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The Power of Easter in an Increasingly Secular America

The number of those who formally affiliate with a religion has been dropping precipitously in the United States, and indeed throughout most Western countries. In the early 1970s, roughly 3 percent of Americans would have claimed no religious identity, but today, that figure has skyrocketed to 26 percent. This problem persists across the spectrum of the mainstream religions, but it is particularly acute within the Christian churches—and worst of all in my own Roman Catholic Church. Recent surveys have indicated that for every person who joins the Catholic Church in America, six are leaving.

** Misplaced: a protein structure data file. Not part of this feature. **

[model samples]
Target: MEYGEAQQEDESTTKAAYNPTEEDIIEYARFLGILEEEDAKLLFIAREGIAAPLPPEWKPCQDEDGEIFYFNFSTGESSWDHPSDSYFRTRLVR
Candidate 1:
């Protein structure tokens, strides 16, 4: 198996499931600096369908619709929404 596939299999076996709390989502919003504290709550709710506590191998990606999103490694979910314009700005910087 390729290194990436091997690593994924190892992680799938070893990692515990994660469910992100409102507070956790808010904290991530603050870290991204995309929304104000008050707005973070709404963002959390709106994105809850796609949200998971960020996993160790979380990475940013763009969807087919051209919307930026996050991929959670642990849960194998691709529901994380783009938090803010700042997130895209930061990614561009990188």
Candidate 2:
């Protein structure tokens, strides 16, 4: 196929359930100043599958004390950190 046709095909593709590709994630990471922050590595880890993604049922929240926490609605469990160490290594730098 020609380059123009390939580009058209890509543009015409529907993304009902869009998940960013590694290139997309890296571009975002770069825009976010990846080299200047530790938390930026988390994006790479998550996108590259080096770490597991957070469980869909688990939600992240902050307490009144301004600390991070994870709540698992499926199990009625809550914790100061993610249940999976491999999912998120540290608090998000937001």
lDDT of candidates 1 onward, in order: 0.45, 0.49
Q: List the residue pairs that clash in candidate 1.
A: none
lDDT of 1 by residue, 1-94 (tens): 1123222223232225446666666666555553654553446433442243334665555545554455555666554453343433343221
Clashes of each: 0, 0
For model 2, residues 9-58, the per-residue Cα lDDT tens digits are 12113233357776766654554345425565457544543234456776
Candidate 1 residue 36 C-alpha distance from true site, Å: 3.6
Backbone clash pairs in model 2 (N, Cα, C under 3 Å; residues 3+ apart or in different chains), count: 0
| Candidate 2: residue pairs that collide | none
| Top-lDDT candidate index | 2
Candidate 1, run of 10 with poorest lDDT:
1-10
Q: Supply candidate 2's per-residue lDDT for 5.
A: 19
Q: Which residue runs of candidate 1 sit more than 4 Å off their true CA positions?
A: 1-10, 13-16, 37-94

There has, of course, been much hand-wringing among ecclesial leaders regarding this state of affairs. Many different explanations—sociological, economic, psychological, cultural—have been proposed. Without denying the legitimacy of those explanations, I humbly suggest that the deepest reason for the decline is a theological one, and that the fault largely belongs to preachers, teachers, catechists and the institutional keepers of the religious flame.

I should like to indicate what I mean through a citation from Peter Maurin, the man who co-founded the Catholic Worker Movement with Dorothy Day in the 1930s. Maurin said his co-religionists “have taken the dynamite of the Church, have wrapped it up in nice phraseology, placed it in an hermetic container and sat on the lid. It is about time to blow the lid off so the Catholic Church may again become the dominant social dynamic force.”

Read more at Newsweek

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